Tuesday, February 27, 2007
I put together a group of kits to make scarves. Yummy yarns and a variety of colour combos. I did demos Thursday night and Friday morning at Quilter's Cupboard in Uxbridge. Its a wonderful quilt shop with fabric tucked everywhere and best of all a wonderful group of people working & shopping there. Lots of laughs and a few tears too.
The drive there brought back great memories of when I started my first real job after graduating from university. Now I feel like I'm ready to start my second career.
Sunday, February 25, 2007
I'm not a big kit person. I've never bought a kit for its designed purpose. I have picked up the odd kit on sale for the individual contents only. BUT....
this I couldn't resist ... a delicious collection designed by April Cornell of stripes, polka dots, large scale botanical, small vintage motifs all in a fresh colour pallette of coral, teal, olive green and chocolate brown.
So what to do with them? They would look wonderful just sewn together with narrow borders but that's not my style.
To me one of the pleasures of buying fabric is bringing it home & introducing its cousins already in the stash. I've pulled fabrics for many quilts that I have no intention of actually making. Just an exercise in playing with fabric. This is especially fun and easy to do now that my fabrics are organized in the closet. This also helps me evaluate the stash. I don't have any great browns to go with these squares. I'll pick a brown for the border and the dark stripe for the binding.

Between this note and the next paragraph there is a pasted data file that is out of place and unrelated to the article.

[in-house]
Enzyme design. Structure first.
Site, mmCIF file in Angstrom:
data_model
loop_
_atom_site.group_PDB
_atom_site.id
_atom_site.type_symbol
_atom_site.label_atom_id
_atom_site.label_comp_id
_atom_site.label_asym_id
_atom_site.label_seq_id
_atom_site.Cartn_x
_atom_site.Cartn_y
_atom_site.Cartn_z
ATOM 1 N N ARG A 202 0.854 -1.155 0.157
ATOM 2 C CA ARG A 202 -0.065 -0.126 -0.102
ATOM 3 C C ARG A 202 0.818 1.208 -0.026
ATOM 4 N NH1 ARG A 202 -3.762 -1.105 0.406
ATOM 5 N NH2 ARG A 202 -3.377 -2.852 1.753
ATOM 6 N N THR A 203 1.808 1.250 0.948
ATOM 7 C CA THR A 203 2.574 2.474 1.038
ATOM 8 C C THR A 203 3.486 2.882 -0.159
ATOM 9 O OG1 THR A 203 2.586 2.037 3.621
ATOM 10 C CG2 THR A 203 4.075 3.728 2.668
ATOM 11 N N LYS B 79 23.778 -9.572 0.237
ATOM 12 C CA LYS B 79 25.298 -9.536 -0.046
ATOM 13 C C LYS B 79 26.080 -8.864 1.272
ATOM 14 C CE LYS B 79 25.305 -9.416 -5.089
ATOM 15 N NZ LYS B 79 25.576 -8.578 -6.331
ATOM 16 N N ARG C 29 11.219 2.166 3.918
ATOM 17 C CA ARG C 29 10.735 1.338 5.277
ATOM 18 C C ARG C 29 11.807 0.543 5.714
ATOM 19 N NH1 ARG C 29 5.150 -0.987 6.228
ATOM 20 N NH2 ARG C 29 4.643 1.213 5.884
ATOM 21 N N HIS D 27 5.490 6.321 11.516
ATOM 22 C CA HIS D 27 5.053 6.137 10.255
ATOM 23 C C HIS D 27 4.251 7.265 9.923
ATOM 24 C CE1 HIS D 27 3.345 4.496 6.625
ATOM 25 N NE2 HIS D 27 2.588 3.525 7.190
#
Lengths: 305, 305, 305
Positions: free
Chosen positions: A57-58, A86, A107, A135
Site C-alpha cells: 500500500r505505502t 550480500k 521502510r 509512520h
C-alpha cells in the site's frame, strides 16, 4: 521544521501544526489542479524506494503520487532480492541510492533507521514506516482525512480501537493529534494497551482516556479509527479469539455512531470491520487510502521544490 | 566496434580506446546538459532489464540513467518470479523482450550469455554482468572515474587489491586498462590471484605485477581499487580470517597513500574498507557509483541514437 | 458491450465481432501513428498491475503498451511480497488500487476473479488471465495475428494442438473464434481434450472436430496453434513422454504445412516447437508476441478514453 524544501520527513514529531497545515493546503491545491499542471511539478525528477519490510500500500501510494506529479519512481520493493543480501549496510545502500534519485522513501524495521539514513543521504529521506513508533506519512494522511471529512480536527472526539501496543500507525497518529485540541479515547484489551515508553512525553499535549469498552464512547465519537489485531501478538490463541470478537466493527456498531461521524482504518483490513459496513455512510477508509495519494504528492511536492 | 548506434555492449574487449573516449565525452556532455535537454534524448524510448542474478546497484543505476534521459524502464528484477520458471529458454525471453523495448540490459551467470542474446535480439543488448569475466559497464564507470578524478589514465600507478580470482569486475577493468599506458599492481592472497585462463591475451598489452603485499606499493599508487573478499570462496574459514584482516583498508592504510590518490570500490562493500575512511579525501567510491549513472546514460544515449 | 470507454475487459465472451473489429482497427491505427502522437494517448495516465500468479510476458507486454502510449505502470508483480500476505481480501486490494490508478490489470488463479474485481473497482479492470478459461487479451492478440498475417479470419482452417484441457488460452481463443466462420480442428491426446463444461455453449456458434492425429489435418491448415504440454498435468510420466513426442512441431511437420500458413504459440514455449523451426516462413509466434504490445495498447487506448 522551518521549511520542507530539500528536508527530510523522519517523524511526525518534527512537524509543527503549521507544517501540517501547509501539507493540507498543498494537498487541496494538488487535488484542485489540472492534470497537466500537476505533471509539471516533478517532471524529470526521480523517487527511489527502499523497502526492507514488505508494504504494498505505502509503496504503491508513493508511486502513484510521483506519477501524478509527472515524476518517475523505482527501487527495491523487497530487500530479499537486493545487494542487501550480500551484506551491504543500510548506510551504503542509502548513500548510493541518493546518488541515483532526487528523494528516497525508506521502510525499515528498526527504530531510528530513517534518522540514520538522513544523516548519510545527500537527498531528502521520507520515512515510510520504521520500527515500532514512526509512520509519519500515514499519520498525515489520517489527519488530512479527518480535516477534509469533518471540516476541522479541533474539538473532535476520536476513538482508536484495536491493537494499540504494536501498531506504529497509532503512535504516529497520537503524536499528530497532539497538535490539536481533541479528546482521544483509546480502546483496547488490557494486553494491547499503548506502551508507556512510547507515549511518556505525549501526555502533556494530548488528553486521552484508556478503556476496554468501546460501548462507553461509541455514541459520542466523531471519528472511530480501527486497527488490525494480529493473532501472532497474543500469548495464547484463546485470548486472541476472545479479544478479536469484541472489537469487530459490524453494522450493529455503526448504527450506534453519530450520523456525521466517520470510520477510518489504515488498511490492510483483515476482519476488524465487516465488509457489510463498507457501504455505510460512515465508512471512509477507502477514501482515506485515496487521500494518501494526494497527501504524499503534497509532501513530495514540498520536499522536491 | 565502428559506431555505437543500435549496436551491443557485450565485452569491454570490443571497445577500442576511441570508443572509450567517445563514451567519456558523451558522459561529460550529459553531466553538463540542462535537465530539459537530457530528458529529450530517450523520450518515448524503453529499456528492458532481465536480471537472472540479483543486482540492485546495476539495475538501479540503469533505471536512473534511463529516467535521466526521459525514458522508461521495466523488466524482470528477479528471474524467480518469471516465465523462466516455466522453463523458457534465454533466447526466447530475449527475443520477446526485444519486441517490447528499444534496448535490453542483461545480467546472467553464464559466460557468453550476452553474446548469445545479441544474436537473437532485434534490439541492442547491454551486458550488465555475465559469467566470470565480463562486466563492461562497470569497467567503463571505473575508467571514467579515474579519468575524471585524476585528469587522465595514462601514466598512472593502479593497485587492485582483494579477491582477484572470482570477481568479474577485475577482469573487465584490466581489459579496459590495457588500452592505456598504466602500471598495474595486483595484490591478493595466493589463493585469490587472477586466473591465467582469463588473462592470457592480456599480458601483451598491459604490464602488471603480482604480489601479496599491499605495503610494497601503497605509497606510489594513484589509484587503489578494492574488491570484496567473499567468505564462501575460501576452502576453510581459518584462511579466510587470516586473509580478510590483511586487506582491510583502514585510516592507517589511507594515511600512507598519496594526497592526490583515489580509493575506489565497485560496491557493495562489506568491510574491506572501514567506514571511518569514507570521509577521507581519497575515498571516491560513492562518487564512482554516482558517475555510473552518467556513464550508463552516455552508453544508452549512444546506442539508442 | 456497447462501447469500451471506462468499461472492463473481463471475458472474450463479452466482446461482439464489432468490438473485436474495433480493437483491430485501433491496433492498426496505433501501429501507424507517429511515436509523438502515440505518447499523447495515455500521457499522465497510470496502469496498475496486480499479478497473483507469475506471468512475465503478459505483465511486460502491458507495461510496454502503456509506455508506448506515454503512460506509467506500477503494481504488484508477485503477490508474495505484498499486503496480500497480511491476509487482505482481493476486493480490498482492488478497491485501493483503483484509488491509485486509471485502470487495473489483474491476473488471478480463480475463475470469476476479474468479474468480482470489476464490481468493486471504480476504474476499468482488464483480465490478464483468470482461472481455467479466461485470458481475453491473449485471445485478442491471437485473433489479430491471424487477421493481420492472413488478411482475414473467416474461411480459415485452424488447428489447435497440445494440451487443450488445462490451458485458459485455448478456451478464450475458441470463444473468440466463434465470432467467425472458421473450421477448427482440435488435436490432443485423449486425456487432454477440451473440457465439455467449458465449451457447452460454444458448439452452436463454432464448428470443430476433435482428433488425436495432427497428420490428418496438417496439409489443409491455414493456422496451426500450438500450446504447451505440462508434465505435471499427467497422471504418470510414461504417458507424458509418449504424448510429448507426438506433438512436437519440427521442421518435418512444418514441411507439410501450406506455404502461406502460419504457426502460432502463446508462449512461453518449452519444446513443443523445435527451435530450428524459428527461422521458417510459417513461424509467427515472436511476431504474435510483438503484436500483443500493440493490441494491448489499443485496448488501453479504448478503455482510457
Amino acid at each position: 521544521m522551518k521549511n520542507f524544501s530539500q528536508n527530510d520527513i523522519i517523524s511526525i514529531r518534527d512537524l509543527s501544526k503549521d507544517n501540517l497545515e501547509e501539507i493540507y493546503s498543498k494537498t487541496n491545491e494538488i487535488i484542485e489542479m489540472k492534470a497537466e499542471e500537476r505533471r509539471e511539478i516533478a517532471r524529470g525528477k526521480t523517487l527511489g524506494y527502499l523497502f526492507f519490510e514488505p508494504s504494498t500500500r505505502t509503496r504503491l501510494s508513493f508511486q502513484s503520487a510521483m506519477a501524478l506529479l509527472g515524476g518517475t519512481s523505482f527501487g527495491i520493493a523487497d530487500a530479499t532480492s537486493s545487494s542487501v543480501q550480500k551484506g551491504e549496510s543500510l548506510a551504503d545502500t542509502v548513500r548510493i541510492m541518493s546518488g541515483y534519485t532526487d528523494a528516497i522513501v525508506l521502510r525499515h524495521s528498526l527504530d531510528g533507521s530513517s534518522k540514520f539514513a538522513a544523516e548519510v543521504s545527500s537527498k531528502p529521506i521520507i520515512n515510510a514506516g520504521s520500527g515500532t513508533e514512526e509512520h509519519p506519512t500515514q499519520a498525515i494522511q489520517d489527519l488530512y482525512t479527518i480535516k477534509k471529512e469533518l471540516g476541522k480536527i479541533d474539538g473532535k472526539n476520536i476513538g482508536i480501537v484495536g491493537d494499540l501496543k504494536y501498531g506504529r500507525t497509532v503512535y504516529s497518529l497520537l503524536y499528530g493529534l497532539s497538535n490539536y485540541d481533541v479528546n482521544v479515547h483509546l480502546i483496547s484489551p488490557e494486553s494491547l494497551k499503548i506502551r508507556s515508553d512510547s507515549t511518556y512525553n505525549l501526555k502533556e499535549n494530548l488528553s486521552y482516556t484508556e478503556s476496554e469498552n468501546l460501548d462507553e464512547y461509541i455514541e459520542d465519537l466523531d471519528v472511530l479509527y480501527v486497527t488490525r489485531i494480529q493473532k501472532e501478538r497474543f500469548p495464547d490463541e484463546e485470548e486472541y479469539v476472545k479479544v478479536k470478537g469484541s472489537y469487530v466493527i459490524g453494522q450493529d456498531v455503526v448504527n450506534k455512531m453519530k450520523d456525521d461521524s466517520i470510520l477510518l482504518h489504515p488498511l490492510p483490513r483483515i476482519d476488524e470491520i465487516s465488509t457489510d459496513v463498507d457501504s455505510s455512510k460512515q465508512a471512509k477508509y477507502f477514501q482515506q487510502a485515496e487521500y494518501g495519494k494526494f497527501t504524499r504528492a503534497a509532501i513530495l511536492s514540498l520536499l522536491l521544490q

I did pick the pattern before these fabrics. A modern pallette needs a modern pattern and obviously something that starts with squares. I settled on The Spin from Karla Alexander's book New Cuts for New Quilts More ways to Stack the Deck.
These are just sample blocks to work out the measurements but you can see how the square is surrounded with the other pieces that are stacked & cut. The squares end up in alternating directions to make the spin.
Now go & sew!
Saturday, February 17, 2007
The turquoise and black are actually 3D tucks that stand out from the background fabric by Paula Nadelstern. The tucks are then folded to form the wave of black across the piece. This is a technique by Caryl Byer Fallert called High Tech Tucks. It was featured in Fons & Porter magazine Sept/Oct 06.
It is sewn onto the batting to prevent any linger UFO labels.
Friday, February 16, 2007
It appeals to me because I love texture and the gleaner in me saves every little bit of stuff so I can use it all now. can hardly wait to play
Tuesday, February 13, 2007
The collage is stitched, there were a couple of sections that stand out more than I want but they were eliminated after slicing & dicing. I find, like printed fabric, you really don't know a fabric until you take scissors or a rotary cutter to it.It was easier than I thought to cut it up into 2" squares. Made me realize how small those 1" charms really are.
I like how the squares look on black. Now to figure out what to do with them.
Tuesday, February 06, 2007
While going through my stack of Quilting Arts magazine for the billionth time I put in post-its of all the techniques I want to try. Tried a few on Friday. I'm really pleased with the painting with pattern stitches by Carole Redlich (issue 19 fall 2005 pg72) I tried. I prefer to call it fabric collage with my fancy pants sewing machine!
I'm working on a piece about 11" square. may cut it into smaller pieces for a journal quilt or it would be perfect for the fabric charms that have everyones attention at the moment.